AB - Background: Derangements of the plantar plate and joint capsule are an underrecognized cause of lesser metatarsalgia. Fluoroscopic arthrography and magnetic resonance (MR) arthrography are both used for diagnosis. Currently there are no studies comparing the effectiveness of these two modalities. Methods: Patients suspected of having plantar plate or capsular tears underwent both fluoroscopic arthrography and MR arthrography; the imaging findings were then compared and correlated with intraoperative findings, when available, to evaluate the effectiveness of the different imaging modalities. Forty consecutive patients underwent both fluoroscopic and MR arthrography. Results: Thirty-two of 40 patients (80%) were found to have tears of the plantar plate, joint capsule, or both. MR arthrography identified all 32 tears. Four cases in the first 29 patients, 13.8%, demonstrated discrepancy where a tear was identified only on the MR arthrogram. A midpoint review of the data was performed. Of the 4 missed tears they were all noted to be plantar lateral in location. Four other patients in this group had plantar lateral tears that were not missed. These patients had an additional steep lateral oblique image on fluoroscopic arthrography, which showed the plantar lateral tear. Therefore an additional steep lateral oblique image was performed routinely capturing these small tears in the last 11 patients. Conclusion: MR arthrography was more accurate in identifying tears of the plantar plate and capsule than fluoroscopic arthrography. Fluoroscopic arthrography with additional views, like a steep lateral oblique view, was found to be as reliable, and more cost-effective, than MR arthrography. Level of Evidence: Level II, prospective comparative study.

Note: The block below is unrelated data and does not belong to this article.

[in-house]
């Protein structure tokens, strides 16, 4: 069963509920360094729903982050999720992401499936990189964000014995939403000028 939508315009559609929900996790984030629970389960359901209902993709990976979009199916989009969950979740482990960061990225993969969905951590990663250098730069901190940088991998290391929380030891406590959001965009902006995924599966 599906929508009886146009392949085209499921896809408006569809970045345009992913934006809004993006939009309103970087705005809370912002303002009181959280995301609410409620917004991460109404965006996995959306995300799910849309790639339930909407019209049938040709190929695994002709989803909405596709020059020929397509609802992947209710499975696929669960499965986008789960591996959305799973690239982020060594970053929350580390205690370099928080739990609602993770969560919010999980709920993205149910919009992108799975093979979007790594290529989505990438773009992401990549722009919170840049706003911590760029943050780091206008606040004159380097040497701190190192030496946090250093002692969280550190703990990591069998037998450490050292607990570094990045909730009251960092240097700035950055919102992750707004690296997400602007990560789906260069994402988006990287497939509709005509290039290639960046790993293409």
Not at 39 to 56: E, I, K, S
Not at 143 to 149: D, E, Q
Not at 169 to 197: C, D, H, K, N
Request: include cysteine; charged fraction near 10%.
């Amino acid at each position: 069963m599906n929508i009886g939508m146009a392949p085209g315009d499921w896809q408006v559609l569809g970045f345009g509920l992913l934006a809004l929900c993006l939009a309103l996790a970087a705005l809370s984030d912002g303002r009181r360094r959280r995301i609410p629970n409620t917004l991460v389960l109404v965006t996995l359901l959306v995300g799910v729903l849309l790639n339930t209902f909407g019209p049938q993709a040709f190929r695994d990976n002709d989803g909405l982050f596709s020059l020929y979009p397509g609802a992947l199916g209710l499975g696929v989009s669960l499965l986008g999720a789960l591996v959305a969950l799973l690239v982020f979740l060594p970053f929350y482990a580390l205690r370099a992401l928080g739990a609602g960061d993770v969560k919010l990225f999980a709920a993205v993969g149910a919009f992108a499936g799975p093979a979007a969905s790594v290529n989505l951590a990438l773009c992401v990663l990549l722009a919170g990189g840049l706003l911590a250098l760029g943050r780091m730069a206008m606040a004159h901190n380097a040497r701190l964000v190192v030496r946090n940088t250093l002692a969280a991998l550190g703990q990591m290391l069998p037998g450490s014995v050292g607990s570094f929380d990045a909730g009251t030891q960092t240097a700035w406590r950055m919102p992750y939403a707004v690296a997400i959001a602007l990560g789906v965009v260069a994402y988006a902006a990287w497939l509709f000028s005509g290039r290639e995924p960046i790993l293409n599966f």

KW - Conventional arthrography

KW - Fluoroscopic arthrography

KW - MRI arthrography

KW - Metatarsalgia

KW - Metatarsophalangeal joint capsule tear

KW - Plantar plate rupture

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U2 - 10.1177/1071100712467434

DO - 10.1177/1071100712467434

M3 - Article

VL - 34

SP - 200

EP - 209

JO - Foot and Ankle International

JF - Foot and Ankle International

SN - 1071-1007

IS - 2